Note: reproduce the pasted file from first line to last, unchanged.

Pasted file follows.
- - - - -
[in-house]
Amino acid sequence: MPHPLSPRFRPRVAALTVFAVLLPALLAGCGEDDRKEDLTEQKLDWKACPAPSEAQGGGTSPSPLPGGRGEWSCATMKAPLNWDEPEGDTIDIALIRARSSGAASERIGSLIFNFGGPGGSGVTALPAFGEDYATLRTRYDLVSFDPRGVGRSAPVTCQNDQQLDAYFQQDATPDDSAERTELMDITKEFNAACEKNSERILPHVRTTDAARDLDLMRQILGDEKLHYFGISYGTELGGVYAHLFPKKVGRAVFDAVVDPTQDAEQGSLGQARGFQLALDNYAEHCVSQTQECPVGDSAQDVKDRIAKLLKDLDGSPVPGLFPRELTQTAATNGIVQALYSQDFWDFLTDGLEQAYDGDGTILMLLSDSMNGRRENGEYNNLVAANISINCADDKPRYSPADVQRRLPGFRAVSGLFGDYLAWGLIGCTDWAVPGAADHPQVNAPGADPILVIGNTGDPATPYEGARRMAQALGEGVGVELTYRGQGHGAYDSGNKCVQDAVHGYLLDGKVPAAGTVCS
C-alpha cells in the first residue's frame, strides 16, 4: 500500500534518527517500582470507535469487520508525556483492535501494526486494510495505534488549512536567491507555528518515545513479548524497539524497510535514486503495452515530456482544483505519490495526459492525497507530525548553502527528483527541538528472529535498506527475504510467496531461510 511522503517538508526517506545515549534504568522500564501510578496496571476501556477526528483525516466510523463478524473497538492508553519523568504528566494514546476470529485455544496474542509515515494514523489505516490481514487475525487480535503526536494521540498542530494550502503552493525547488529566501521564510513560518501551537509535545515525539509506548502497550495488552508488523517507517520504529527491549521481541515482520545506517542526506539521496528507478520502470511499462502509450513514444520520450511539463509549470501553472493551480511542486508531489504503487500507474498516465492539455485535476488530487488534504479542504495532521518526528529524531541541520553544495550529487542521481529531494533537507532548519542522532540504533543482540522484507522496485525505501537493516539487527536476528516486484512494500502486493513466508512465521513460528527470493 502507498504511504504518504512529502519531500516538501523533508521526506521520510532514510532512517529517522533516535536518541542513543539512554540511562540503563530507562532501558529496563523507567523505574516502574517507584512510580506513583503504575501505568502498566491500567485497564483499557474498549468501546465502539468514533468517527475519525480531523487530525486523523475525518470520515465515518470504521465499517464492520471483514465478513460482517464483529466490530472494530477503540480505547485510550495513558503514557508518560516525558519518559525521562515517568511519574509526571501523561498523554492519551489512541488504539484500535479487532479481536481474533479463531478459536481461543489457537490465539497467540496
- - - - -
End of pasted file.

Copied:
[in-house]
Amino acid sequence: MPHPLSPRFRPRVAALTVFAVLLPALLAGCGEDDRKEDLTEQKLDWKACPAPSEAQGGGTSPSPLPGGRGEWSCATMKAPLNWDEPEGDTIDIALIRARSSGAASERIGSLIFNFGGPGGSGVTALPAFGEDYATLRTRYDLVSFDPRGVGRSAPVTCQNDQQLDAYFQQDATPDDSAERTELMDITKEFNAACEKNSERILPHVRTTDAARDLDLMRQILGDEKLHYFGISYGTELGGVYAHLFPKKVGRAVFDAVVDPTQDAEQGSLGQARGFQLALDNYAEHCVSQTQECPVGDSAQDVKDRIAKLLKDLDGSPVPGLFPRELTQTAATNGIVQALYSQDFWDFLTDGLEQAYDGDGTILMLLSDSMNGRRENGEYNNLVAANISINCADDKPRYSPADVQRRLPGFRAVSGLFGDYLAWGLIGCTDWAVPGAADHPQVNAPGADPILVIGNTGDPATPYEGARRMAQALGEGVGVELTYRGQGHGAYDSGNKCVQDAVHGYLLDGKVPAAGTVCS
C-alpha cells in the first residue's frame, strides 16, 4: 500500500534518527517500582470507535469487520508525556483492535501494526486494510495505534488549512536567491507555528518515545513479548524497539524497510535514486503495452515530456482544483505519490495526459492525497507530525548553502527528483527541538528472529535498506527475504510467496531461510 511522503517538508526517506545515549534504568522500564501510578496496571476501556477526528483525516466510523463478524473497538492508553519523568504528566494514546476470529485455544496474542509515515494514523489505516490481514487475525487480535503526536494521540498542530494550502503552493525547488529566501521564510513560518501551537509535545515525539509506548502497550495488552508488523517507517520504529527491549521481541515482520545506517542526506539521496528507478520502470511499462502509450513514444520520450511539463509549470501553472493551480511542486508531489504503487500507474498516465492539455485535476488530487488534504479542504495532521518526528529524531541541520553544495550529487542521481529531494533537507532548519542522532540504533543482540522484507522496485525505501537493516539487527536476528516486484512494500502486493513466508512465521513460528527470493 502507498504511504504518504512529502519531500516538501523533508521526506521520510532514510532512517529517522533516535536518541542513543539512554540511562540503563530507562532501558529496563523507567523505574516502574517507584512510580506513583503504575501505568502498566491500567485497564483499557474498549468501546465502539468514533468517527475519525480531523487530525486523523475525518470520515465515518470504521465499517464492520471483514465478513460482517464483529466490530472494530477503540480505547485510550495513558503514557508518560516525558519518559525521562515517568511519574509526571501523561498523554492519551489512541488504539484500535479487532479481536481474533479463531478459536481461543489457537490465539497467540496